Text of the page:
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The MEK Is Bad News, But Delisting Them Was A Good Decision

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MEK IRAN
AP

Members of the Iranian dissident group known as the Mujahedin e-Khalq, or MEK, really don't like me. I don't trust them, either. I've been reporting on the MEK for the Huffington Post since last summer, and members of the group have threatened my house and hacked my email.

Still, I believe the State Department's decision Friday to remove the MEK from the list of Foreign Terrorist Organizations was a good one.

Like many people who've researched how the MEK actually works, I don't believe that they're freedom fighters in exile as they claim to be. Nor do I believe their values are democratic, as they claim they are.

I believe the MEK is a militant cult of personality, whose leaders, Maryam and Massoud Rajavi, figured out in the 1980's that they could survive by doing mercenary work on behalf of governments that hate Iran. Saddam Hussein was their first patron, and he granted them land in Iraq to build a walled, military compound, Camp Ashraf, where until a few months ago, more than 3,000 members lived.

There, they would wake up every day and worship images of Maryam Rajavi before commencing with the day's Army base-type tasks. The MEK claims to subsist on foreign contributions, but that's only partly true.

In America, their well-paid U.S. advocates, men like former Pennsylvania Gov. Ed Rendell and former New York City mayor Rudy Giuliani, wax on about how the MEK renounced violence a decade ago and just needs U.S. backing in order to topple the Iranian regime and seize power. I've watched these guys earn $40,000 for an eight-minute speech.

But the debate over whether or not the MEK is a terrorist group doesn't matter. It never really did. After dozens of conversations and background briefings over the past year, I don't believe Secretary of State Hillary Clinton decided to delist the MEK how and when she did because the secretary suddenly changed her mind on the question of whether or not they are terrorists.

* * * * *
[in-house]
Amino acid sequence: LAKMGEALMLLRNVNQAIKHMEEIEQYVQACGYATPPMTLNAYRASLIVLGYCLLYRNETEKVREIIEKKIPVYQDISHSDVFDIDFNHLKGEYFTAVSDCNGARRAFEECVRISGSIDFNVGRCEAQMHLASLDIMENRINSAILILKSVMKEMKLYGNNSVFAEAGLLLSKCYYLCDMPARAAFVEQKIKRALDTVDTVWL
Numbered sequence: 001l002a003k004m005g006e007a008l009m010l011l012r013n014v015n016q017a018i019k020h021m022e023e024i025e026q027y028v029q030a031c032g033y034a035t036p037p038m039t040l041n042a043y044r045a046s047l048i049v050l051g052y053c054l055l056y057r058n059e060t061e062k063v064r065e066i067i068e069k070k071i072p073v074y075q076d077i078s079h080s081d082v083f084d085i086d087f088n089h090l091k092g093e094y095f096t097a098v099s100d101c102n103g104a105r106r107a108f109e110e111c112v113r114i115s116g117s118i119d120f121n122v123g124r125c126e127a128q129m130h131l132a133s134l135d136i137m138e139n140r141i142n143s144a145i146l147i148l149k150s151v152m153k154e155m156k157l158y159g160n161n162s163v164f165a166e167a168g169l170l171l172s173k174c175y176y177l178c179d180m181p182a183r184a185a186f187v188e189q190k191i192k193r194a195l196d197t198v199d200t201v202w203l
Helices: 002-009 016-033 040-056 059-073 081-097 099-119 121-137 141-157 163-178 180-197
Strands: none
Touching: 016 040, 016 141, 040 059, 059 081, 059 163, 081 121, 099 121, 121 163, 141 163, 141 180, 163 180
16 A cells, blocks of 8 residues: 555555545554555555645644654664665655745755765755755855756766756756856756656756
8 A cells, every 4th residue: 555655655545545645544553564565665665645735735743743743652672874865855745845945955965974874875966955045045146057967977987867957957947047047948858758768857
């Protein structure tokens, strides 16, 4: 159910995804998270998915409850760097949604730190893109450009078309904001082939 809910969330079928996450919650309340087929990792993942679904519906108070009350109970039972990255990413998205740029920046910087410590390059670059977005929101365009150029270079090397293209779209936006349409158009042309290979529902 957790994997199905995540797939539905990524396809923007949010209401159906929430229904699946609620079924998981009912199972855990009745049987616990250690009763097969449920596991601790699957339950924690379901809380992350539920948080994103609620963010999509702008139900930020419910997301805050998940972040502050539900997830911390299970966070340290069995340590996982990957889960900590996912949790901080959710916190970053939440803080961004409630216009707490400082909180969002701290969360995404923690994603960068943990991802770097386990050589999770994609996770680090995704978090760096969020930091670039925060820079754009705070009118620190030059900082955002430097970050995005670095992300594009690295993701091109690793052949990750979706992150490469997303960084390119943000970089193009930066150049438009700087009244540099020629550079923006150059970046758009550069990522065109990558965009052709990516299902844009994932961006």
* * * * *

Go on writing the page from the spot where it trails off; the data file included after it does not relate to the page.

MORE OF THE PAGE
I think the reason the MEK was delisted on Friday is, more importantly, because Clinton understands that they're a dangerous cult, and that all the other potential outcomes of the 30-year standoff between the MEK and the outside world would have likely been much, much worse.

Near the top of that list was mass suicide, a possibility that kept more than a few U.S. diplomats up at night. After that, it was that the MEK's leaders would deliberately provoke a confrontation with Iraqi security forces, many of whom would be happy to avenge the ethnic cleansing raids MEK soldiers carried out for Hussein back in the day. In France, where Maryam Rajavi lives, officials considered the unwelcome possibility of public self-immolations -- a tactic the MEK has used there before.

Truth is, most of the world doesn't really care what happens to the 3,200 people who used to live at Camp Ashraf.

But Secretary Clinton cares, despite years of daily MEK protests outside her office on C Street, N.W., where I've watched the same dozen or so people, all dressed in identical Maryam Rajavi t-shirts, banging drums and accusing Clinton of violating human rights, breaking international law, and callously leaving them to die at the hands of Iraqi soldiers.

Ironically, while they cursed the secretary from the sidewalk, inside the State Department, Clinton and her aides were quietly working on a plan to save thousands of brainwashed MEK foot soldiers in Camp Ashraf from their own leaders and from the Iraqi military.

The only way to do this is to split the 3,200 into small groups and transfer them out of Iraq a few at a time, as refugees. This being a cult, however, the leaders initially refused to let anyone leave Ashraf unless they all left as a group. But as one former U.S. diplomat said to me, "What the hell kind of country is going to agree to take in 3,000 militant cult members?"

Clinton only had one major bargaining chip. In exchange for leaving Camp Ashraf, the secretary agreed to delist the group from the U.S. list of Foreign Terrorist Organizations, which she officially did on Friday. That afternoon, State Department officials presented us reporters with three reasons they said the decision was merited. None of the official reasons holds up to scrutiny, but the eventual outcome, the delisting, does.

Therein lies the difference between politics and diplomacy. The "reasons" given here didn't win anybody over. They were more of a gesture meant to placate people like me, who have reported what everyone at the State Department already accepts, namely, that the MEK is dangerous and untrustworthy and capable of future violence.

But the question facing Secretary Clinton wasn't whether the MEK could be trusted. Or even if the MEK's members were still dangerous. Privately, U.S. officials don't pretend to know the answer to either one.

The question at the heart of the MEK decision was whether Clinton would be willing to quietly save 3,200 lives. She was.

I may not trust the MEK or their tactics, but the year-long negotiation that culminated on Friday represents a bright point for U.S. diplomacy and humanitarianism.

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